Joe Biden’s mandate was to restore norms and work across the aisle to heal the country’s toxic political culture—in other words, to not be Donald Trump.

This past week demonstrated how he has failed to live up to that promise. In particular, his speech in Atlanta serves as a microcosm for a disappointing year of leadership that has cratered his popularity.

The president compared opponents of changing Senate filibuster rules, in order to pass Democratic voting rights bills, to notorious racists like Bull Connor, George Wallace, and Jefferson Davis. In so doing, Biden is appropriating Trump’s method of otherizing adversaries and casting political opponents as “enemies of the people” and “human scum.”

That doesn’t mean the president shouldn’t ever talk tough. I recently applauded Biden for his forceful rhetoric attacking the Jan. 6 Capitol rioters. In that instance, Biden’s words were appropriate for illiberal right-wingers who incited and participated in an attack on democracy.

A few short days later, however, Biden broadened his condemnation to implicitly include Republicans such as Mitt Romney, who heroically stood up to his own party and twice voted to impeach Trump. (Sadly, this is a trend. Back in 2012, Biden told African Americans that Romney would put them “back in chains” if he were elected president.)

Biden is also reinforcing his predecessor’s dangerous claims, by further advancing the idea that our elections are stolen. “And so, President Biden goes down the same tragic road taken by President Trump—casting doubt on the reliability of American elections,” Romney said.

It’s easy to imagine a scenario where voters of both parties believe—because they’ve been told so by the last two presidents—that every election they lose was rigged, either by Republican disenfranchisement of minority voters or by Hugo Chavez’s magic voting machines.

What’s more, the conventional wisdom that Republicans benefit from fewer people voting and Democrats benefit from higher turnout doesn’t hold water, no matter how many times it’s repeated by liberal pundits.

The truth is that election turnout in 2020 was at record levels, which is why the focus should not be on access to the polls, but rather, on how the votes are counted and certified. Instead of HR 1, Democrats should focus on reforming the Electoral Count Act.

While it may or may not be a good idea for states, such as Georgia, to scale back the number of drop boxes or the amount of time designated for early voting, it doesn’t equate to “Jim Crow 2.0.”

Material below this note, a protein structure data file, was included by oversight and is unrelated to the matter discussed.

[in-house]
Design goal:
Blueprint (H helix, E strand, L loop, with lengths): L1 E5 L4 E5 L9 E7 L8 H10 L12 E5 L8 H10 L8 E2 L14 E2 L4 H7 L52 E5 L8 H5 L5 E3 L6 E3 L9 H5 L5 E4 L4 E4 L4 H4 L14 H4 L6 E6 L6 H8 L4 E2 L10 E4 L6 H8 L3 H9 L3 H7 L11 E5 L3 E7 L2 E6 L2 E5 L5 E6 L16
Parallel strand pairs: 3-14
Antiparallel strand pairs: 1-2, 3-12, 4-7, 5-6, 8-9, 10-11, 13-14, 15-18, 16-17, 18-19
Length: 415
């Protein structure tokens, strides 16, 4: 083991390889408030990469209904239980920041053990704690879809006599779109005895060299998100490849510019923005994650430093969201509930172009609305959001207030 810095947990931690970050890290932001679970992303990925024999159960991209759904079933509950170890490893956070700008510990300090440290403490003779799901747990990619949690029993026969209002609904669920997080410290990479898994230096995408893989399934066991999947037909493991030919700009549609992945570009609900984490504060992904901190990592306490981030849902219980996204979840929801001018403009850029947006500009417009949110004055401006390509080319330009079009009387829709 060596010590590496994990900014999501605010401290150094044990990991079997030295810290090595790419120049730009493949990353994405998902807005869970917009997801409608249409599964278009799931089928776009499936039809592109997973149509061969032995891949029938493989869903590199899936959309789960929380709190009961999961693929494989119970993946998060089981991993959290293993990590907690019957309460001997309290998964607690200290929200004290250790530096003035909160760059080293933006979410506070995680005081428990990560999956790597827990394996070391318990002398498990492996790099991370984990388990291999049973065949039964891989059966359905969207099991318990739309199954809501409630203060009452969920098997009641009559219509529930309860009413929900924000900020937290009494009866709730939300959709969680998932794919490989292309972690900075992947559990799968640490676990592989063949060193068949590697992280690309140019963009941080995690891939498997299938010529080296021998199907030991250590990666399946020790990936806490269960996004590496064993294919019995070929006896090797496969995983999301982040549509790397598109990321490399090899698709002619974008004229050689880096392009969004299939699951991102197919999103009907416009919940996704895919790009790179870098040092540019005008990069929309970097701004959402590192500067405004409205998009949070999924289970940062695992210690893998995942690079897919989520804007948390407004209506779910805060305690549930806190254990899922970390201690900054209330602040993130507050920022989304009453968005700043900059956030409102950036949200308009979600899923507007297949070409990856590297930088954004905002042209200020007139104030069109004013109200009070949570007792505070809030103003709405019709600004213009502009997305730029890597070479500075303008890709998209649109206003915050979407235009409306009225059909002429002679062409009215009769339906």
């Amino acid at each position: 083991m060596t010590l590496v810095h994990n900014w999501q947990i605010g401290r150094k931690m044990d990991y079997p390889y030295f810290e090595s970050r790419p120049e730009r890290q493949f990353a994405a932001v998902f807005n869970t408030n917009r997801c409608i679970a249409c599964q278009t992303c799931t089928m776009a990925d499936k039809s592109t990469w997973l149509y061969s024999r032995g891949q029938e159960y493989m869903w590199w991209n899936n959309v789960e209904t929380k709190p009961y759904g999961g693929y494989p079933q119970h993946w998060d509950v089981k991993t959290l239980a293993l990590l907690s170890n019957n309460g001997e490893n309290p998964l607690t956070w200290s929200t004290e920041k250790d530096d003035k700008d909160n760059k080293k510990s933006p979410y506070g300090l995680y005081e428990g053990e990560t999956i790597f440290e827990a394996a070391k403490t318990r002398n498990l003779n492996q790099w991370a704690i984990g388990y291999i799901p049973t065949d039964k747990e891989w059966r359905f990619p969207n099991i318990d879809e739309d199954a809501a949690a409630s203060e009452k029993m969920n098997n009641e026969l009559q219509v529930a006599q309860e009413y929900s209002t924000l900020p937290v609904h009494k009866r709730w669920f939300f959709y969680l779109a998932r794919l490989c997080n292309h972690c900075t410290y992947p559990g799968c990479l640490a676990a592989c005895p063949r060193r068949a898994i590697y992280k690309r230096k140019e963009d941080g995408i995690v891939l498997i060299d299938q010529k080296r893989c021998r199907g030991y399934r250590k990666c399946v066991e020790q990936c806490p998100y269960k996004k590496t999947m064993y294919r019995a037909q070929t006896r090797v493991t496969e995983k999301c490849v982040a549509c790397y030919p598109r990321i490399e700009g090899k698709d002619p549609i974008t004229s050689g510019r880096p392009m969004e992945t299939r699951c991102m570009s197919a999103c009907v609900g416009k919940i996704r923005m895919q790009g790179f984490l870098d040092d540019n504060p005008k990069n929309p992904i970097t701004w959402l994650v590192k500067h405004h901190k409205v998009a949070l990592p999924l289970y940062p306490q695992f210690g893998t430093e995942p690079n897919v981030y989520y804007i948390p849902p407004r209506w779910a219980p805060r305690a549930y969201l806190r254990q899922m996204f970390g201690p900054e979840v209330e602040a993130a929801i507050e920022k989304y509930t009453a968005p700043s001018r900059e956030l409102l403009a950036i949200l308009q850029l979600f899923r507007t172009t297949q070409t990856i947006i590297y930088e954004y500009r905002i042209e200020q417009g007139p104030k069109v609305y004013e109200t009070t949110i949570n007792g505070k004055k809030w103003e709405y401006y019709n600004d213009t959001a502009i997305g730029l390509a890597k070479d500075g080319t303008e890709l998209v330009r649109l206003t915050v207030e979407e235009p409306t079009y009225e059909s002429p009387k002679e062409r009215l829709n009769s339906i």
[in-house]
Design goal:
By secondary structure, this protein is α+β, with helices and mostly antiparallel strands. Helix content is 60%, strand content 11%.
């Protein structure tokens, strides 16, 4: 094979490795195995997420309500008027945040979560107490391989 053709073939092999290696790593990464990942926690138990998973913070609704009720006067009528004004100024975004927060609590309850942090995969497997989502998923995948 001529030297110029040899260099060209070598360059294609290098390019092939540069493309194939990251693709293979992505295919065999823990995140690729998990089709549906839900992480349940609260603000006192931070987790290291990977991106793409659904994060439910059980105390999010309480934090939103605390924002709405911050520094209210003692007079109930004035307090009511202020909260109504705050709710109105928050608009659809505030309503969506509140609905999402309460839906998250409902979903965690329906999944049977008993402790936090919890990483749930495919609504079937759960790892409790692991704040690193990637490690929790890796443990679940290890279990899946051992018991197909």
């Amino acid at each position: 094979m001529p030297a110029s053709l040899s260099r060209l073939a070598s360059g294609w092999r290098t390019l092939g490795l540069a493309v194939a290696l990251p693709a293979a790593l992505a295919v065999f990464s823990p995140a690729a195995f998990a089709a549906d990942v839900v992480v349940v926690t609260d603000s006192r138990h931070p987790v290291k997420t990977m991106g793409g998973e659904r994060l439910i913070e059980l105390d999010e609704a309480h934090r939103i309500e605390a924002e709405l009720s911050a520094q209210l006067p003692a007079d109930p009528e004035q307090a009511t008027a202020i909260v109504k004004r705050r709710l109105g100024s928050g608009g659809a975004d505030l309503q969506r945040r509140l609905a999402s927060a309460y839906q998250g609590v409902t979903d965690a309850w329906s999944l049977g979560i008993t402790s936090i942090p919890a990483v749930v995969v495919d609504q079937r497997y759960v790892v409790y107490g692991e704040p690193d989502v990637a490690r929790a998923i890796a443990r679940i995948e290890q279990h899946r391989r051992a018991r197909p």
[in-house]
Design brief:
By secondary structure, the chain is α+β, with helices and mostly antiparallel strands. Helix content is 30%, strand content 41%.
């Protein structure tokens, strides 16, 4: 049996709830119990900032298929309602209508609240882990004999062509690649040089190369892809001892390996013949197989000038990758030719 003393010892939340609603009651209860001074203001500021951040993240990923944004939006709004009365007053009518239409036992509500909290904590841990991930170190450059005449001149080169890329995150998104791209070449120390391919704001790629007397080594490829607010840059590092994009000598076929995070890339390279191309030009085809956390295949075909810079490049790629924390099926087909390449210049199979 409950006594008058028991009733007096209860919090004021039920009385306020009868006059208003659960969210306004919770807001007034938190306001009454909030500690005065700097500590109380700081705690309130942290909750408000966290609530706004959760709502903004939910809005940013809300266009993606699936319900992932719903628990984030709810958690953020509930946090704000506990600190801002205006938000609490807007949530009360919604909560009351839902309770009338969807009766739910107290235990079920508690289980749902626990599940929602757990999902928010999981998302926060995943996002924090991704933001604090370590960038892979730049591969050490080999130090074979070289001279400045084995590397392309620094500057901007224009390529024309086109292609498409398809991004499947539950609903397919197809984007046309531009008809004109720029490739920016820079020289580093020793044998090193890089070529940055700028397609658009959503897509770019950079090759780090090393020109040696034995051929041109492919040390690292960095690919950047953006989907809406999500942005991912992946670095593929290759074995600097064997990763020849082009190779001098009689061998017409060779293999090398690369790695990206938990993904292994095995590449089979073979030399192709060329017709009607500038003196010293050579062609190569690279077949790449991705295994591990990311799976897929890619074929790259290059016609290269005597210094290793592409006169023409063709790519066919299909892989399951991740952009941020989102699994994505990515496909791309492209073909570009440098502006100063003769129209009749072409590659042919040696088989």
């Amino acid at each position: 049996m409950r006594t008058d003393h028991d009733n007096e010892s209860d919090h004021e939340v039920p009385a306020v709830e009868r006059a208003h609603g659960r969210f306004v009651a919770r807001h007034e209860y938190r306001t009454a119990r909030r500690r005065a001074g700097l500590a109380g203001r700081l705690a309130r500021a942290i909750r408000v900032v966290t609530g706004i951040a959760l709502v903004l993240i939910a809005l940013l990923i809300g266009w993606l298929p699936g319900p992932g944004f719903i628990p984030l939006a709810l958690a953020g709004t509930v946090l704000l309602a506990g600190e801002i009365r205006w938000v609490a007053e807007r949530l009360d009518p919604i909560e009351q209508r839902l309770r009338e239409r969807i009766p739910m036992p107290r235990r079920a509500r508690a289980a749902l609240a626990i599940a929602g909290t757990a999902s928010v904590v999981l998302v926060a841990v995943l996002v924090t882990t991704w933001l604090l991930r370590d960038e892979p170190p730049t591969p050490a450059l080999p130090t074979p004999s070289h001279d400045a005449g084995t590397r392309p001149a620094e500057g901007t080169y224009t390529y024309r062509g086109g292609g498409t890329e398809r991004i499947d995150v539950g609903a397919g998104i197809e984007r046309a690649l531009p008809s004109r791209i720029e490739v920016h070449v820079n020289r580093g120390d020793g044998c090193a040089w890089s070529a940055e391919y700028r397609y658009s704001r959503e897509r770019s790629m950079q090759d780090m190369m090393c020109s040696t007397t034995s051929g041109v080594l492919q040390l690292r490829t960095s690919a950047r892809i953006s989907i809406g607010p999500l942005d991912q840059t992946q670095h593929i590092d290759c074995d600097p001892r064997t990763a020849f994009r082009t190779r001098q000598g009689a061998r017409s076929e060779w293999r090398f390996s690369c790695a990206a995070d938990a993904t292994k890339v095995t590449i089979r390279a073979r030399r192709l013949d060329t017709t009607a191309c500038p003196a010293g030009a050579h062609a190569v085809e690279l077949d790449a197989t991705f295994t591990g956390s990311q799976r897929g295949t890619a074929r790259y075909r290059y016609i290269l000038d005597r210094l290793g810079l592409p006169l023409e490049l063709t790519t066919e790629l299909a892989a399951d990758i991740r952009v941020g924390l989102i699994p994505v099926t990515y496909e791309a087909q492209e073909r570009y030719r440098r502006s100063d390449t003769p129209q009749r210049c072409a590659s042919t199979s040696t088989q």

It’s also fair to question not just the dubious constitutional authority, but also the prudence of federalizing elections, as Biden wants to do with the voting rights legislation he’s championing. In the wake of Trump’s presidency, it seems counterintuitive to give the federal government more authority over elections.

Imagine a scenario where a president (think Trump) has more leverage over how elections are conducted, and state leaders (think Georgia Secretary of State Brad Raffensperger) have less. Yes, this is a slippery-slope argument, but if the goal is to address the weaknesses in our system that Trump exposed, the idea of federalizing elections is a step in the wrong direction.

Besides, killing the filibuster (which has existed for hundreds of years in one form or another) is a funny way to restore norms.

Believing the upper chamber should require more than a simple majority may be right or wrong, but the legislative filibuster has been employed and defended by Democrats such as Barack Obama, Chuck Schumer, and Joe Biden. What is more, the fact that Biden can’t persuade 50 Democrats to get rid of the filibuster only demonstrates that his primary legislative obstacle is not Republicans who filibuster, but rather, his inability to persuade his own caucus.

Like Biden, Trump tried to get rid of the filibuster, pressuring Mitch McConnell by calling him a “stupid person” and a “knucklehead” for refusing to do so. To McConnell’s credit, he didn’t budge.

Of course, if Biden gets his way, and Republicans take back the Senate in November, Democrats should expect McConnell to take full advantage, just as he has done in the past. “You’ll regret this,” McConnell warned when Harry Reid nuked the filibuster for presidential nominees except those to the Supreme Court in 2013, “and you may regret this a lot sooner than you think.” Of course, they did.

By casting his adversaries as enemies, undermining the efficacy of elections, seeking to give the federal government more control over state elections, and pressuring his party to do away with the filibuster, Biden is following in the well-worn path of the 45th president.

Biden’s only mandate was to not be Donald Trump. By that standard, it’s hard to rate the first year of his presidency as anything but a miserable failure.

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